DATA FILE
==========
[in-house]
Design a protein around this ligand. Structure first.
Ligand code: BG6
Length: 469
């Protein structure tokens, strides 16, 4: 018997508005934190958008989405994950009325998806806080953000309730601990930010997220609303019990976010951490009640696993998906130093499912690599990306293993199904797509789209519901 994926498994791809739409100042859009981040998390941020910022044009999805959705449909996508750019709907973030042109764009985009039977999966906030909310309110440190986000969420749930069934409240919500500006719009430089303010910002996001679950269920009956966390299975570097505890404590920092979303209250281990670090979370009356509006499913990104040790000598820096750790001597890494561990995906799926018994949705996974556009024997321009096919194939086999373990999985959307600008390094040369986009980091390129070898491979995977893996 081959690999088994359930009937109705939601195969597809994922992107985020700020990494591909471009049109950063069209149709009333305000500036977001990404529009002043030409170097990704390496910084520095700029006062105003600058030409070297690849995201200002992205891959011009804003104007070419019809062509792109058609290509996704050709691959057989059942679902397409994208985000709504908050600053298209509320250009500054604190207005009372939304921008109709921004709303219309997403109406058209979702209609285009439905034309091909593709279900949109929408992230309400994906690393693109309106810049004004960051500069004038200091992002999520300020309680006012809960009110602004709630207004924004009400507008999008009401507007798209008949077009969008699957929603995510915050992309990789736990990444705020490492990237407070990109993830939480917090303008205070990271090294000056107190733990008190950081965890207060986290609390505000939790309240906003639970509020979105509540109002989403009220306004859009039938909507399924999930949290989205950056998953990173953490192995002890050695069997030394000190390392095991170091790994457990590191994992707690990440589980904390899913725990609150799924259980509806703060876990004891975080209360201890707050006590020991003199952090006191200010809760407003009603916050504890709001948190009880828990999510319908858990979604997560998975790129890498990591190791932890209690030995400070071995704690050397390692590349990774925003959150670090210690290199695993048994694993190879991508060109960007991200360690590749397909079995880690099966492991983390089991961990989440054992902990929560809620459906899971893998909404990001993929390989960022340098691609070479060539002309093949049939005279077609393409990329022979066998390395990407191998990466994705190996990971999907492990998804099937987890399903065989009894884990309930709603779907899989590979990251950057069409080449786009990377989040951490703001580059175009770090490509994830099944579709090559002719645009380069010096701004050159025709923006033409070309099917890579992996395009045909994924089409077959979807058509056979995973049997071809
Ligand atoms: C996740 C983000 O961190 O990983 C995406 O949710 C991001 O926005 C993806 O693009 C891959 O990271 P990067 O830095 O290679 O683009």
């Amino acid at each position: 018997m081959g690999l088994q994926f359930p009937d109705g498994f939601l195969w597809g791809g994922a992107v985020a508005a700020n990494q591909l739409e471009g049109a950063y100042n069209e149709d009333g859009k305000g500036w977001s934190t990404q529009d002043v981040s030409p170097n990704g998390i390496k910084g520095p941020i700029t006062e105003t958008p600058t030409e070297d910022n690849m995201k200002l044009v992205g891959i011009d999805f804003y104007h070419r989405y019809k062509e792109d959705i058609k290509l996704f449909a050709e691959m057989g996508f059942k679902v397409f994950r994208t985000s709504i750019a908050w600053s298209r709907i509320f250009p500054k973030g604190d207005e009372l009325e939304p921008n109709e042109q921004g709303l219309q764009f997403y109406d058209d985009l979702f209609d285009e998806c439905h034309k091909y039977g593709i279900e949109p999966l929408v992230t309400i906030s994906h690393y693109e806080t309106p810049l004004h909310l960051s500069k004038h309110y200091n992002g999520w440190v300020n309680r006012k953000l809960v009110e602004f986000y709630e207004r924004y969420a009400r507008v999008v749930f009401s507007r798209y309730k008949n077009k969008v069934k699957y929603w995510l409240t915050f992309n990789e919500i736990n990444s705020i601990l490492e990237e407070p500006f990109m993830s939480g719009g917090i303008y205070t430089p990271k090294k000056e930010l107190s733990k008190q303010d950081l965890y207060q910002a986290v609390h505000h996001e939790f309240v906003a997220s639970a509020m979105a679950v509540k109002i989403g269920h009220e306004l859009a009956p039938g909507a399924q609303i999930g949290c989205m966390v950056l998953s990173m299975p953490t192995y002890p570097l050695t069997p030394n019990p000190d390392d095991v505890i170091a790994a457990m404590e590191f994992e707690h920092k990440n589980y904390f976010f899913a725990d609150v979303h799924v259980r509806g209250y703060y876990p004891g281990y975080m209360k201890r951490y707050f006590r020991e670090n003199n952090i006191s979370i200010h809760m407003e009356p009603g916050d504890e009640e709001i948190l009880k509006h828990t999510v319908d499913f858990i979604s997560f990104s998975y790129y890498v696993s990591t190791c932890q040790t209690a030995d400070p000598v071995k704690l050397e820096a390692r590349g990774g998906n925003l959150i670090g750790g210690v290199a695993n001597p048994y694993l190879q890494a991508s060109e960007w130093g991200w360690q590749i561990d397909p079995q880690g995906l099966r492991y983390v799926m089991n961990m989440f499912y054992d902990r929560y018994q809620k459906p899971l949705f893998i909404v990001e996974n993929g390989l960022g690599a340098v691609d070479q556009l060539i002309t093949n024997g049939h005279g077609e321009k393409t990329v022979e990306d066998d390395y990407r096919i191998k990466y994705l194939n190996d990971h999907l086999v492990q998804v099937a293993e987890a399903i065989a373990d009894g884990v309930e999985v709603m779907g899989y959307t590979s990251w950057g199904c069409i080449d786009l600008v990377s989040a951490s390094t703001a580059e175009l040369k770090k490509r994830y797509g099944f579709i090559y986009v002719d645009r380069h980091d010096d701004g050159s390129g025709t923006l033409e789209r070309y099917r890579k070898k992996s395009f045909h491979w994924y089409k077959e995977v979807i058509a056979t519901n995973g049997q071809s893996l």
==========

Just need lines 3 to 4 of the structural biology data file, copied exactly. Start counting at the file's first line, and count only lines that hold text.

Ligand code: BG6
Length: 469